By Jennifer Cayer
By Annie Baker
The Flick’s audience faces an empty movie theater: rows of seats mirroring ours and the red exit sign. Above, a languid ceiling fan refracts ambient light spilling from the projection booth. The outdated cinema, we learn, is on the verge of a corporate buyout and digital makeover. The projector beam takes direct aim at us as portentous music announces the significance of images that we can’t see. The lights rise and two ushers begin to quietly sweep up what is left behind. So begins Annie Baker’s latest collaboration with director Sam Gold: with a quotidian post-show cleanup conversation at a run-down theater in Massachusetts during the summer of 2012. We witness three employees deal with the aftermath of film, from popcorn sacks and candy wrappers, to discarded 35 mm reels and ontological questions Baker asks about the ways we are shaped by media.
The Flick, like Baker’s 2010 play The Aliens, features a trio of outcasts: Sam (Matthew Maher), a 35-year-old veteran usher; Avery (Aaron Clifton Moten), the new hire on a break from college; and Rose (Louisa Krause), a gruff, green-haired projectionist. Sam and Avery develop an easy banter about the best and worst movies of all time and Sam routinely pitches pairs of far-flung Hollywood actors that Avery nimbly connects in repeated games of six-degrees-of-separation. The men’s archival knowledge and love of film quickly foster a friendship. At the same time Sam harbors feelings for Rose, and in a preemptive attempt to curtail a romance, he tells Avery she’s a lesbian. Strangely, Avery expresses little interest in Rose, so there seems to be no reason for Sam to lie to him.
In an interview with Playwrights Horizons artistic director Tim Sanford, Baker emphasized that the main characters are, respectively, a Jew, a black guy, and a woman: three types often rigidly depicted in film history. Avery and Rose admit that they actually see one another as “types” and he complains that everyone acts like they’re on a sitcom; he also confesses to his own discomfiting sense of “faking it all the time.” The triangle of restrained desires beneath these mundane exchanges – which has much to do with the residual shadows and echoes left by the thousands of films projected in the cinema – is the heart of this play. This palimpsestic space of desire is the only one in which we see the characters truly interact.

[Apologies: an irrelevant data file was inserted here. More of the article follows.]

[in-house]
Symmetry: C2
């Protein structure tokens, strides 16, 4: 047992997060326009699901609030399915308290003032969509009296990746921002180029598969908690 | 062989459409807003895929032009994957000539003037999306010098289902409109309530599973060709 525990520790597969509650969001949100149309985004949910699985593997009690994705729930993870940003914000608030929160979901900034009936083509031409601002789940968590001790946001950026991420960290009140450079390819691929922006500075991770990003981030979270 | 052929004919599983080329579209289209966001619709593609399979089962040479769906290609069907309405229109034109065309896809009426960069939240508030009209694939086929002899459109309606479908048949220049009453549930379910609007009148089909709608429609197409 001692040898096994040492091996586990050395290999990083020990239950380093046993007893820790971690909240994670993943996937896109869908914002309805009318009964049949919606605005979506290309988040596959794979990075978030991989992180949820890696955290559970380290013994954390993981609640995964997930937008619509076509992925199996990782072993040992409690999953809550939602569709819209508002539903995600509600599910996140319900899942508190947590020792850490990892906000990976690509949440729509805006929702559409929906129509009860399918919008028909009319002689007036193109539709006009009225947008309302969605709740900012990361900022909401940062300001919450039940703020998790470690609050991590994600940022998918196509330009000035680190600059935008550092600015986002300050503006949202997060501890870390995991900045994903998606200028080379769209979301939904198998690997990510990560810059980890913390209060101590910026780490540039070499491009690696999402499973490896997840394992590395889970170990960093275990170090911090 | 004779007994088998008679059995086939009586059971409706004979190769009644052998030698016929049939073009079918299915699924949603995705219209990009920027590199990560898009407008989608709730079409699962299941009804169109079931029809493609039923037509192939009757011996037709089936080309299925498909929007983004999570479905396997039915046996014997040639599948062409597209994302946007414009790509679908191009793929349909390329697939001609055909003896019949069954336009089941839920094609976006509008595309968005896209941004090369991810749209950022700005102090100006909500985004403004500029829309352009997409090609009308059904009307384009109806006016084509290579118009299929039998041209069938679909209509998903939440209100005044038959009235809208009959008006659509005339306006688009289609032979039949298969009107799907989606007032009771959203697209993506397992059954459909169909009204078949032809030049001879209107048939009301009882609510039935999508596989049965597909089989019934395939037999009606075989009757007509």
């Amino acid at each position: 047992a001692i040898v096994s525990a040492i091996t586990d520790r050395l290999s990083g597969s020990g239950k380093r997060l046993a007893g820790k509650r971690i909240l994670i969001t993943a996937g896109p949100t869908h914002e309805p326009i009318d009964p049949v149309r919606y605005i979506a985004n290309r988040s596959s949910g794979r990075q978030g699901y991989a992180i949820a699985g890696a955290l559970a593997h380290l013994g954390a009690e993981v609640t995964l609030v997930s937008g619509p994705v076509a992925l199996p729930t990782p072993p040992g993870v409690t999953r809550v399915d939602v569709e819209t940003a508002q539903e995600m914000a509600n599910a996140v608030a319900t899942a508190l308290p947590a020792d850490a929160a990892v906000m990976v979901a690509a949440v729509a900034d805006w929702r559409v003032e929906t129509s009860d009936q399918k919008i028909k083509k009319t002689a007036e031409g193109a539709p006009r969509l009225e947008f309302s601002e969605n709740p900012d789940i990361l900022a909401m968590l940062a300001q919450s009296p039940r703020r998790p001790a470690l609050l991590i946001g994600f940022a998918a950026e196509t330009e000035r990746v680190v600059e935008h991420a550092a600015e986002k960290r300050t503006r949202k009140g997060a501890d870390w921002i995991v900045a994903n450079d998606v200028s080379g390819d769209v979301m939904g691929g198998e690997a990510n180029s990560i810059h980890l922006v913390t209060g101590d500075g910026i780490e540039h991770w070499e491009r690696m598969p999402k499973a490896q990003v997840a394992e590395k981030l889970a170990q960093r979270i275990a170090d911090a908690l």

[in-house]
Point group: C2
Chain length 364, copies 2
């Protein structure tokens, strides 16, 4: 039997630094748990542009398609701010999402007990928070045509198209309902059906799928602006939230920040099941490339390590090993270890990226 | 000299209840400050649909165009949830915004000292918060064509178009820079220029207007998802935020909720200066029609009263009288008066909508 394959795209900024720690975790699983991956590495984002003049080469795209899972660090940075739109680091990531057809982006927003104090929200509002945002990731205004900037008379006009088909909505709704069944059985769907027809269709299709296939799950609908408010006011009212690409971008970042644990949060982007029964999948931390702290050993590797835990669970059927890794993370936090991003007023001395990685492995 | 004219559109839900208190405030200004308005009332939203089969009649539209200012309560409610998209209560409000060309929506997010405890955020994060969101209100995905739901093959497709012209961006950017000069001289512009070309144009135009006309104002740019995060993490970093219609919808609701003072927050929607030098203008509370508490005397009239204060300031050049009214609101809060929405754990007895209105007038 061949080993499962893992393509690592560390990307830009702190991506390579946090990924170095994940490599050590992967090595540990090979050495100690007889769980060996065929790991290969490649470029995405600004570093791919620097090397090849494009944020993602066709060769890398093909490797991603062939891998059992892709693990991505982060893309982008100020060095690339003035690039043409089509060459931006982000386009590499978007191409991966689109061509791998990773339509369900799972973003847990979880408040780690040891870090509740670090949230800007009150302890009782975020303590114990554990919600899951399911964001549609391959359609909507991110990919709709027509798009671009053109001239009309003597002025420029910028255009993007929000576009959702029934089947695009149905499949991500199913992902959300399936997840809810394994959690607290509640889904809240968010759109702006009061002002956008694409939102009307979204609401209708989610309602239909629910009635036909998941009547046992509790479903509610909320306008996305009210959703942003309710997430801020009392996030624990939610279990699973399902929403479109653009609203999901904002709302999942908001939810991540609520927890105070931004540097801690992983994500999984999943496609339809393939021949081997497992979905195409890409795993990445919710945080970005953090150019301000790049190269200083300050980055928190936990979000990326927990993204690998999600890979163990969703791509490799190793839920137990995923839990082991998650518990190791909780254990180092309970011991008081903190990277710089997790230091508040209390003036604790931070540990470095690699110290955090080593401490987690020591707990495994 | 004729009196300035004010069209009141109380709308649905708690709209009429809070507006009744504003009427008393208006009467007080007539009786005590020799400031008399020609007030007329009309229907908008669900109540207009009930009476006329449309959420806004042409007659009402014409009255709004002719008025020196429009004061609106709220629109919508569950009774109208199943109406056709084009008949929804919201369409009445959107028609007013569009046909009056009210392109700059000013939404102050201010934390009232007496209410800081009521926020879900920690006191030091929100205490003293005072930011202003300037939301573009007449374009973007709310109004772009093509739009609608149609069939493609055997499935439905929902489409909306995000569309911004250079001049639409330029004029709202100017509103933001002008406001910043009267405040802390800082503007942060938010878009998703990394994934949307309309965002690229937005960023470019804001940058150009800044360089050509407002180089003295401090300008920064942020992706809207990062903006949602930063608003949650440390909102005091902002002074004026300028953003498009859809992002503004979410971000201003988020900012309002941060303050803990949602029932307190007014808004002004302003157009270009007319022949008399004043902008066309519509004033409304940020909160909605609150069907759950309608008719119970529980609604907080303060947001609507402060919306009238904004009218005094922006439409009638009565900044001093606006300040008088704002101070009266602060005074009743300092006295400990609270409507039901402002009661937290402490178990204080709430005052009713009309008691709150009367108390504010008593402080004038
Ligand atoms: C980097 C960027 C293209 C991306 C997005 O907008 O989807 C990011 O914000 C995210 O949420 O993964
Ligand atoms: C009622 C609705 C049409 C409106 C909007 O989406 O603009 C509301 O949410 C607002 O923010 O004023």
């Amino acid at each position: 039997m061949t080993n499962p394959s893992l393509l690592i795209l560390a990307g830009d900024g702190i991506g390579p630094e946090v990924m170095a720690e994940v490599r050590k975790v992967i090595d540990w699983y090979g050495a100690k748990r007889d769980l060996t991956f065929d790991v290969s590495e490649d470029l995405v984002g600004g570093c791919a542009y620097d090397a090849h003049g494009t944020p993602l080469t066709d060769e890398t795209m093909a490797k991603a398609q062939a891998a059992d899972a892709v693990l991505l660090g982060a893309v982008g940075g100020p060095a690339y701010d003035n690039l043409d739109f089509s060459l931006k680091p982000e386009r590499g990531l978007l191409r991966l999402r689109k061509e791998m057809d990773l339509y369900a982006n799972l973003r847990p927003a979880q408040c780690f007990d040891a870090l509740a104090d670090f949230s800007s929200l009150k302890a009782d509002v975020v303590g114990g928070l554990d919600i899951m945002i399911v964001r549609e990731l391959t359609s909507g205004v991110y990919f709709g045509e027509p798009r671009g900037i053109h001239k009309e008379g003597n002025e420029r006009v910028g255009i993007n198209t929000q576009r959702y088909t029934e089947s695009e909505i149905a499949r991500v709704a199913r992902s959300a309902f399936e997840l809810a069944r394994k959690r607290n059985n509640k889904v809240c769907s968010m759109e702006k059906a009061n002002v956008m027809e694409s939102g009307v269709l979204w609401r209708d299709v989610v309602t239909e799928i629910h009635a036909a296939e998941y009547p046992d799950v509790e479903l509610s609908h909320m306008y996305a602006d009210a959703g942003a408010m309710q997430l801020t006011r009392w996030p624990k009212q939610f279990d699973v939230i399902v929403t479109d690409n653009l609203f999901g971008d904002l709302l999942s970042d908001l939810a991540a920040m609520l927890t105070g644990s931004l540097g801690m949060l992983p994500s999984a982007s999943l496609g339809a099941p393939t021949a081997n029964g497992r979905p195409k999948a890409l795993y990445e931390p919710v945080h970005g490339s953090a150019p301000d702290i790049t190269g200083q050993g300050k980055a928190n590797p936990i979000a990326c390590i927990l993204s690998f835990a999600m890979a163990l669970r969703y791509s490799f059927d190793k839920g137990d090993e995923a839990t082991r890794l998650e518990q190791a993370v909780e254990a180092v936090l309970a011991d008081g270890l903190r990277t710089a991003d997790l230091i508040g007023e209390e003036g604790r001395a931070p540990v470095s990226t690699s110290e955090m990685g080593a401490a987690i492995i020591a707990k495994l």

We are no longer in Shirley, Vermont – the crunchy New England town of Baker’s three previous plays. Still, place, and subtle divides along race and class lines, prominently figure in The Flick. Avery, as he predicts, is ultimately singled out and fired for his reluctant participation in an employee money-skimming scheme. Rose and Sam refuse to admit their longstanding involvement. Rose claims that class difference – she’s not going to college and needs this job – makes her more vulnerable than Avery, a young black college student. In a cruel jab at Sam near the end, Avery says: “I’ll come back to Mass and you’ll still be here cleaning up popcorn and I’ll be, like, living in Paris.” Whereas Baker’s previous plays often ended with optimistic possibilities of being seen anew by others, even strangers, The Flick darkly reveals the alienation resulting from a refusal to recognize our fundamental interdependency. Unlike Circle Mirror Transformation, in which characters improvised new and future lives for one another, Sam, Rose, and Avery tend to make self-serving choices that trump their desires for intimacy. The bright rays of the projector and the exuberant tones of cinematic eventfulness periodically interrupt their more understated struggles for recognition and connection.
Baker registers a generational shift from vinyl to iTunes and from celluloid to digital film. Avery, an advocate for the preservation of film, puts it succinctly: “People freak out when form moves forward.” His concern is not only nostalgic or cerebral: the ease of associations across time enabled by social media is dangerous and destabilizing for him. We learn that his mother reconnected with her high school sweetheart on facebook, subsequently leaving his dad and precipitating Avery’s attempted suicide. In an unusual (for Baker) solo scene, Avery phones his therapist to share a recent dream in which he must name the movie that symbolizes his entire life; he laments his choice of the 1990s comedy Honeymoon in Vegas. That this dream prompts an emergency call to his therapist reveals the seriousness of Avery’s anxieties over the risks of identification and the movies. Among Baker’s plays, The Flick most directly takes on the profound influence of media: both the repertoire of movies and music that we grow up with and how changing media implicitly alter sensory encounters and structure communication.